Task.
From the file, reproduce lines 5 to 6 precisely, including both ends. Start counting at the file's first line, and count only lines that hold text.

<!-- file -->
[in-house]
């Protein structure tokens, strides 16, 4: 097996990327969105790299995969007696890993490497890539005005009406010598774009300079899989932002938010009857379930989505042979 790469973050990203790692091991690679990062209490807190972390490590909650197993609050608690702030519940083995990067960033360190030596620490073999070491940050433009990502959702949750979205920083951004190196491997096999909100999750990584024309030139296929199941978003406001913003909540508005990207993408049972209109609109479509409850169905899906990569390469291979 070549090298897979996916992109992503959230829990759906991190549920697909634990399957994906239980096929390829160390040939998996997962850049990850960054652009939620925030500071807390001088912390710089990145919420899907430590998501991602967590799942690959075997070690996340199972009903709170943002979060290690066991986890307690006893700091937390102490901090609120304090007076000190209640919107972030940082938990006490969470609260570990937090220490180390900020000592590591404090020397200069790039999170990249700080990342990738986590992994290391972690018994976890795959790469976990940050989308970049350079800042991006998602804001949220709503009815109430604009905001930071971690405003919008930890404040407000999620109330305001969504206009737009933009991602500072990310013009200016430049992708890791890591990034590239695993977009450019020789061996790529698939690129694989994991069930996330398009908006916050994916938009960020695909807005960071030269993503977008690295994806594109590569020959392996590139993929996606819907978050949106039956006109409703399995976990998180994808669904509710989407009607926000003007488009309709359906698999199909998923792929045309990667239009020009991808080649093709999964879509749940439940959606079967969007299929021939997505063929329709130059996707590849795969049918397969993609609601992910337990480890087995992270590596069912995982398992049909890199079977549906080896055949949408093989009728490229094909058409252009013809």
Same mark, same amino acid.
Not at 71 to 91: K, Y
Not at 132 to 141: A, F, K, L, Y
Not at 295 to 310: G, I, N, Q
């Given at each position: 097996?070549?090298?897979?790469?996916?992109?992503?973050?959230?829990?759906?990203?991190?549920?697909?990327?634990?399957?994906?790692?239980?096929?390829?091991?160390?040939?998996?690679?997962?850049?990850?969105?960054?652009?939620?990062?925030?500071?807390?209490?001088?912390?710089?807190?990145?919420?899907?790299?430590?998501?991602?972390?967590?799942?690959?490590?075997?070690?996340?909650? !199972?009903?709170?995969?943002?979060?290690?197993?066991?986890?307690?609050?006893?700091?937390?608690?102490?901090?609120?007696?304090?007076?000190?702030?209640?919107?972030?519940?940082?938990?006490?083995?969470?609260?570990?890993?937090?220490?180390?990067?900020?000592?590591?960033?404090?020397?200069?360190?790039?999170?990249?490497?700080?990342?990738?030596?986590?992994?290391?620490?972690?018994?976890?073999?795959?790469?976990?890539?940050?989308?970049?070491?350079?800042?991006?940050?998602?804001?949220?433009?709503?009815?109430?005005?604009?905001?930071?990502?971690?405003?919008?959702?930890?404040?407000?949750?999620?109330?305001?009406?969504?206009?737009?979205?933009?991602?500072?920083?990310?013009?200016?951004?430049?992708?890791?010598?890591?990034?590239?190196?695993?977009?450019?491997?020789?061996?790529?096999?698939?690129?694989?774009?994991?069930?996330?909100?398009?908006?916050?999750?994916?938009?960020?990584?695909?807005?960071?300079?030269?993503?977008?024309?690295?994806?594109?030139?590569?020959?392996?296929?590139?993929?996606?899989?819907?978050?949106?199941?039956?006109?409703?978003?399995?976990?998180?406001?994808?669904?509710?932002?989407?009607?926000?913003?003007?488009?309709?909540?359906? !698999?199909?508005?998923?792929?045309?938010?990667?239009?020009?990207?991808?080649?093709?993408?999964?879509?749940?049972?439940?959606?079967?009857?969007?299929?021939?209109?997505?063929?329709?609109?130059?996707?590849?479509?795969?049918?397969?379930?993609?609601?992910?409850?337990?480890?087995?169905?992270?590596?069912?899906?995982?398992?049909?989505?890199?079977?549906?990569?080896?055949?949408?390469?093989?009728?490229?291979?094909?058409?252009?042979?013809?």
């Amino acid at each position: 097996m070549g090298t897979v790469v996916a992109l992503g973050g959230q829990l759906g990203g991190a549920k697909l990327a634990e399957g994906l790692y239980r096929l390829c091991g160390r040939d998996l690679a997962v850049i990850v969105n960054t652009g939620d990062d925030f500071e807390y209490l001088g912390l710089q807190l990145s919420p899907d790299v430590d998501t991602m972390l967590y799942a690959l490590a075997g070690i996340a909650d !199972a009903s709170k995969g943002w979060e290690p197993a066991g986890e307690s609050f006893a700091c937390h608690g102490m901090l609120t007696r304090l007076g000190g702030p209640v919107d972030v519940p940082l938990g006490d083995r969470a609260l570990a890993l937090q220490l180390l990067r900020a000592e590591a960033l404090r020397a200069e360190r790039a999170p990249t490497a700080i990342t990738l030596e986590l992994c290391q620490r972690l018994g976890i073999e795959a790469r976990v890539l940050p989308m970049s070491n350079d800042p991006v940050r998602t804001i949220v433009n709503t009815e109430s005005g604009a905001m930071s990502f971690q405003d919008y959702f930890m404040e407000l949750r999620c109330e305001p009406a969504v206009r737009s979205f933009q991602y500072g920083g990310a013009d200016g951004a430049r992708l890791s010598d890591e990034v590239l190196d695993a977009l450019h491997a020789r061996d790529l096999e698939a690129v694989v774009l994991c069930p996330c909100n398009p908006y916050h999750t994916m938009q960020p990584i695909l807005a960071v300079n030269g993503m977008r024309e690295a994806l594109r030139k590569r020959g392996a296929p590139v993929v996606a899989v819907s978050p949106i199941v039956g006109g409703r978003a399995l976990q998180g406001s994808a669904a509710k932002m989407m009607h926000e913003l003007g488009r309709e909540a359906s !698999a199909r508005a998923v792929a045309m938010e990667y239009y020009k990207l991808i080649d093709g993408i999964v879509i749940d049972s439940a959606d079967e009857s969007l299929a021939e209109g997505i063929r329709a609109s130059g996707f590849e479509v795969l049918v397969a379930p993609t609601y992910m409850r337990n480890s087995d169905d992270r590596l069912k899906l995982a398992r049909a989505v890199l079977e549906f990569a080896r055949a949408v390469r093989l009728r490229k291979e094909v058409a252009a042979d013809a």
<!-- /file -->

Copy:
Not at 132 to 141: A, F, K, L, Y
Not at 295 to 310: G, I, N, Q